Richard Johnson finds just the place to sample a glass of English wine

I remember my first yoga retreat. The welcome basket included a hard biscuit and an avocado. There was no cable TV, tea/coffee-making facilities, or chanting after lights out, but I didn't mind. That weekend I learnt that, in yoga, the path is more important than the goal. Which is something I have been applying to my drinking practices. The process of reaching the pint has become as important as the pint itself. Om. And that is why, fellow seekers of the path, I can recommend Just The Bridge.

I remember my first yoga retreat. The welcome basket included a hard biscuit and an avocado. There was no cable TV, tea/coffee-making facilities, or chanting after lights out, but I didn't mind. That weekend I learnt that, in yoga, the path is more important than the goal. Which is something I have been applying to my drinking practices. The process of reaching the pint has become as important as the pint itself. Om. And that is why, fellow seekers of the path, I can recommend Just The Bridge.

The way to reach this pleasing little bar/brasserie is by the 320-metre Millennium footbridge across the Thames – or "the wobbly bridge" as it is known, even though it no longer wobbles. The bridge was actually first mooted back in 1615, which is an impressive delay even by the standards of the British construction industry.

But it was worth the wait. The spine of the bridge curves upward. It's as if you are climbing into the sky, suspended in space above the Thames as you walk toward St Paul's Cathedral. Above the handrails, London looms dripping and magnificent.

There, as you alight on the north shore, is the welcome Just The Bridge. The blue-lit bar/brasserie is glass-fronted to make the most of the view and has a spacious, modern Belgian feel to it. The service is warm and welcoming. Unlike the blue light. And I didn't like the rag-rolled paint effect, which reminded me of the day I watched eight hours of Changing Rooms on satellite. But the "space", as Phillippa, my architect sister-in-law says, was exciting.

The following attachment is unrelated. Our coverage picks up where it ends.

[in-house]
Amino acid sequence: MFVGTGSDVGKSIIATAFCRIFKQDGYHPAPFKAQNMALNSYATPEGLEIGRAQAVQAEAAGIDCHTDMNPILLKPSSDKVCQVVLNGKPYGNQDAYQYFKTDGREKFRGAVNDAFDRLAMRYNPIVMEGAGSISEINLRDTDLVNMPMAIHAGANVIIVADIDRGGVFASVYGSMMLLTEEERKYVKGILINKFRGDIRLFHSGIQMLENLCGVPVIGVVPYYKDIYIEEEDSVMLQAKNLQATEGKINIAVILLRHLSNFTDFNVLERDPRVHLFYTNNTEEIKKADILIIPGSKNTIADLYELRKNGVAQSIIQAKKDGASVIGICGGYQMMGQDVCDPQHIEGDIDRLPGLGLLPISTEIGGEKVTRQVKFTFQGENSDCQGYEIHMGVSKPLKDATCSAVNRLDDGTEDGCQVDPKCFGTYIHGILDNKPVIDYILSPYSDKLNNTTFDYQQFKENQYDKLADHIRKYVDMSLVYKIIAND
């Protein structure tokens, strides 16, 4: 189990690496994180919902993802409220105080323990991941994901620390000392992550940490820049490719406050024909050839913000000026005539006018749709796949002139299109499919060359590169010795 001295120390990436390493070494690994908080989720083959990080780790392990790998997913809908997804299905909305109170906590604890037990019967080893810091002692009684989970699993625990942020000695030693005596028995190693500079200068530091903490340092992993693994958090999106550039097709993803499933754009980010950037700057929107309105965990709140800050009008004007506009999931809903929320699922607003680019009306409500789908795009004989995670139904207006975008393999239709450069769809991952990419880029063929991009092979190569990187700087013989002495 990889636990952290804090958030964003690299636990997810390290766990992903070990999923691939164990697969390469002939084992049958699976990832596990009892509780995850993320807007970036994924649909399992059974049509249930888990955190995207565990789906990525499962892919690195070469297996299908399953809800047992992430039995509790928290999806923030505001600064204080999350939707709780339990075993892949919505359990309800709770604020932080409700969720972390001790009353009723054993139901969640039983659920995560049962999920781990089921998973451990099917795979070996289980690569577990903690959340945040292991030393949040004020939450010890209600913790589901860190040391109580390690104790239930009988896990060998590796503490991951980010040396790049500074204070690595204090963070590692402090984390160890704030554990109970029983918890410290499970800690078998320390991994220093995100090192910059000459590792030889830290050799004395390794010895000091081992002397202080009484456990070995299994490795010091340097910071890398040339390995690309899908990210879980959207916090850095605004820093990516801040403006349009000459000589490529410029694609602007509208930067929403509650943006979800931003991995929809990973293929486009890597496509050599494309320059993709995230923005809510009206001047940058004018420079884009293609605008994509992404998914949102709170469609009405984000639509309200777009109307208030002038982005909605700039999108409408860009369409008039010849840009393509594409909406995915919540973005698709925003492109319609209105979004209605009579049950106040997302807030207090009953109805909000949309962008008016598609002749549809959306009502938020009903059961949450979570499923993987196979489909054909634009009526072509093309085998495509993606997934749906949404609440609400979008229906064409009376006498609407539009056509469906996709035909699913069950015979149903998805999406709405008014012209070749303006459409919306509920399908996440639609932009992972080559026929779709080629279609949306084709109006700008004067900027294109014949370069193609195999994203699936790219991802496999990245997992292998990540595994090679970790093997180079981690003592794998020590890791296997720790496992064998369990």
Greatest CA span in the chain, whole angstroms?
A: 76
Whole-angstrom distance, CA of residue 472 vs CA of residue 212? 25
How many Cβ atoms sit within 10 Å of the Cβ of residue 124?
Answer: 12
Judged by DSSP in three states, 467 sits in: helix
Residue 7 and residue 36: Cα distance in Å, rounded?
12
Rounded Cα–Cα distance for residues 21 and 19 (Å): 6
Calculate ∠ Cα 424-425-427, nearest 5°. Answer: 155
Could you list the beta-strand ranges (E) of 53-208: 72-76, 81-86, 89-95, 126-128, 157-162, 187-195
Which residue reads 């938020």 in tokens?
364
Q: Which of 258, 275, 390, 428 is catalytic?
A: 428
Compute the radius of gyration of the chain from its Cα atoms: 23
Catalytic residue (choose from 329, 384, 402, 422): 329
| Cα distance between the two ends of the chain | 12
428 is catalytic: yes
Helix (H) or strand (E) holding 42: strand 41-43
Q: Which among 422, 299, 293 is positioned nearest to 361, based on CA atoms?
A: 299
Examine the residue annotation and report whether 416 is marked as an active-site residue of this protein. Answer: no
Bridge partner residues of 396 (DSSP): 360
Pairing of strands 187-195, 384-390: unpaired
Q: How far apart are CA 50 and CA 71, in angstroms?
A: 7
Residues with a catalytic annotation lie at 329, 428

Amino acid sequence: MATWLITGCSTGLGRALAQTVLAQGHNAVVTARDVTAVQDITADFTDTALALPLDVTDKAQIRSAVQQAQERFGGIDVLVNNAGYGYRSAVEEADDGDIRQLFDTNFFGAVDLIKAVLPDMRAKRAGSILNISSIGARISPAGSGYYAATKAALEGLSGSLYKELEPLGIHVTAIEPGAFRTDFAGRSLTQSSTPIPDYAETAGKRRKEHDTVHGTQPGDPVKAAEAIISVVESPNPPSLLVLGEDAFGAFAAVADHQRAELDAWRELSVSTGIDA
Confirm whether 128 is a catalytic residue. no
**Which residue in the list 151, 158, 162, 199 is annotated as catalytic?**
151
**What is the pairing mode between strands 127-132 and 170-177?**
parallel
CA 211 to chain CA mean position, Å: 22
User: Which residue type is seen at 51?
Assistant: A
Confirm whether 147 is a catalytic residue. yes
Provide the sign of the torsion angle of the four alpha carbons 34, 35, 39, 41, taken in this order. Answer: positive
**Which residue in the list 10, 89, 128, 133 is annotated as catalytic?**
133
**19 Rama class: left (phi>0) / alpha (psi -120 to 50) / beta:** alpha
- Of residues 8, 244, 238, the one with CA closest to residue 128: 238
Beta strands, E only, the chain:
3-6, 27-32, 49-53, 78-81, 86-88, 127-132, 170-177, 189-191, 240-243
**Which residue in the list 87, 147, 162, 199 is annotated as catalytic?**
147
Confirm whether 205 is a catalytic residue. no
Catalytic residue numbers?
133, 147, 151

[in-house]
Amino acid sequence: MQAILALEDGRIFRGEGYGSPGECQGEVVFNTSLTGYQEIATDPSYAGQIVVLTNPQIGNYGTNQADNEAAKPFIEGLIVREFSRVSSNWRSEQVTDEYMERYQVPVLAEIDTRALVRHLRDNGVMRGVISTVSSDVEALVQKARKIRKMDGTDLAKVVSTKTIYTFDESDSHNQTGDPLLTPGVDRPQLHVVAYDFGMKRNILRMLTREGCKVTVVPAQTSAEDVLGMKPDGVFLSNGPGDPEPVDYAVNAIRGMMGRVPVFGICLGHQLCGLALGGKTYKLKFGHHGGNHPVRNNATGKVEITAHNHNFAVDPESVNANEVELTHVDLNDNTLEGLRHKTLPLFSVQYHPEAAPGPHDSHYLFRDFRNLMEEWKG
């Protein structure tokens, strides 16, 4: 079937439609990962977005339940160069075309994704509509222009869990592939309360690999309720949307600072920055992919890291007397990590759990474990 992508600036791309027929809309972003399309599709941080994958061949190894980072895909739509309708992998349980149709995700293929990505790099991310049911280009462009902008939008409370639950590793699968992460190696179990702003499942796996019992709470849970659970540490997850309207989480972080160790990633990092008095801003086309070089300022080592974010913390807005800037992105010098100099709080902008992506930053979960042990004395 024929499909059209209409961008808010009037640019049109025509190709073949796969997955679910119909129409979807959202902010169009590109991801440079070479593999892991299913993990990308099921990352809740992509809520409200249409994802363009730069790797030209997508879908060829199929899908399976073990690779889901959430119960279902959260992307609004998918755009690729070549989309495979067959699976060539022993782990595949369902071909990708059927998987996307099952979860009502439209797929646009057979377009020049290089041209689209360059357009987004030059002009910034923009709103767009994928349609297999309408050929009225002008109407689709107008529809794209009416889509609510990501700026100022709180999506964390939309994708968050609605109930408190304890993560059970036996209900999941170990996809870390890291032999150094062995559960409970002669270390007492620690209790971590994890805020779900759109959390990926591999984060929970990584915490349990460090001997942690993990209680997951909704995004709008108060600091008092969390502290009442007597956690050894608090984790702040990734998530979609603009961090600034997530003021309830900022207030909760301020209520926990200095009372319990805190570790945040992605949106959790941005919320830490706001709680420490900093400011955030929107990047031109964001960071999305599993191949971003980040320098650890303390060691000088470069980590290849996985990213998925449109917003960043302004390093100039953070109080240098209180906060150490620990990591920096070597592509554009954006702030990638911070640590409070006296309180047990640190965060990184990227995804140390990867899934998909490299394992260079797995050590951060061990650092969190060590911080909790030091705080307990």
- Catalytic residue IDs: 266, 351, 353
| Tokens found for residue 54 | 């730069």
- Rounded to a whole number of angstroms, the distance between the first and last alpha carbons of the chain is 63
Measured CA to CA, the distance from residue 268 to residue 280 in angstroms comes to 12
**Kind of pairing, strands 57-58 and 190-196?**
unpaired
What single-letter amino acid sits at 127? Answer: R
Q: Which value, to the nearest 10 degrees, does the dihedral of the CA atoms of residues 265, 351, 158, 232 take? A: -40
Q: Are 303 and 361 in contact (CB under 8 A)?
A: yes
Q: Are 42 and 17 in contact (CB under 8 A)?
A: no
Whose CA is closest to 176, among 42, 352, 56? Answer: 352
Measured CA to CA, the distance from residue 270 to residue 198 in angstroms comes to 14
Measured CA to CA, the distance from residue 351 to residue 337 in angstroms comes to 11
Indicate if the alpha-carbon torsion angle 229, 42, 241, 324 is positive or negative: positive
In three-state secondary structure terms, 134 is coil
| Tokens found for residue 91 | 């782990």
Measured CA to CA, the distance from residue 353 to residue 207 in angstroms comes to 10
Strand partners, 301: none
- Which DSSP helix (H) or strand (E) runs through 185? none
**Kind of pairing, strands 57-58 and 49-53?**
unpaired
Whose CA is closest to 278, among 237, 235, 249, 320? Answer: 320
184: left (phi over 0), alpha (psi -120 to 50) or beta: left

The house wine is English, and comes by the glass. The Nutbourne Sussex Reserve is really rather decent, if a bit sweet for my taste. It comes from the Sussex vineyards of Peter Gladwin – the owner of Just The Bridge – and is fairly priced at £3.50 a 175ml glass. People need reminding that English wine isn't only found with the £2.29 wines from Afghanistan.

Prejudice like that, over the years, has prevented the 382 vineyards and 115 wineries that make up the English wine industry from being taken seriously. Times really have changed. An English sparkling wine is now a safe bet. After all, our climate is perfect, we have the right acid levels, and our geology is almost identical to that of Champagne. My own favourite is the Nyetimber Classic Cuvée Brut 1994 (RRP £17.99), available from www.winefinders.com.

From the bar terrace of Just The Bridge you look out across the Thames towards Blackfriars Pier (is a pier just a disappointed bridge?), Tate Modern and Shakespeare's Globe. The footbridge looks at its best at night, when the slim, silvery span is reduced to a thin blade of light. It is sublime. Such a shame that Londoners, and people throughout the country, still know it as the "wobbly bridge". Give it time; that perception will change. And let's hope the same can be said of English wine.

Just The Bridge, 1 Paul's Walk, London EC4 (020-7236 0000). You can e-mail Richard Johnson at drinkwithrichardjohnson@yahoo.co.uk

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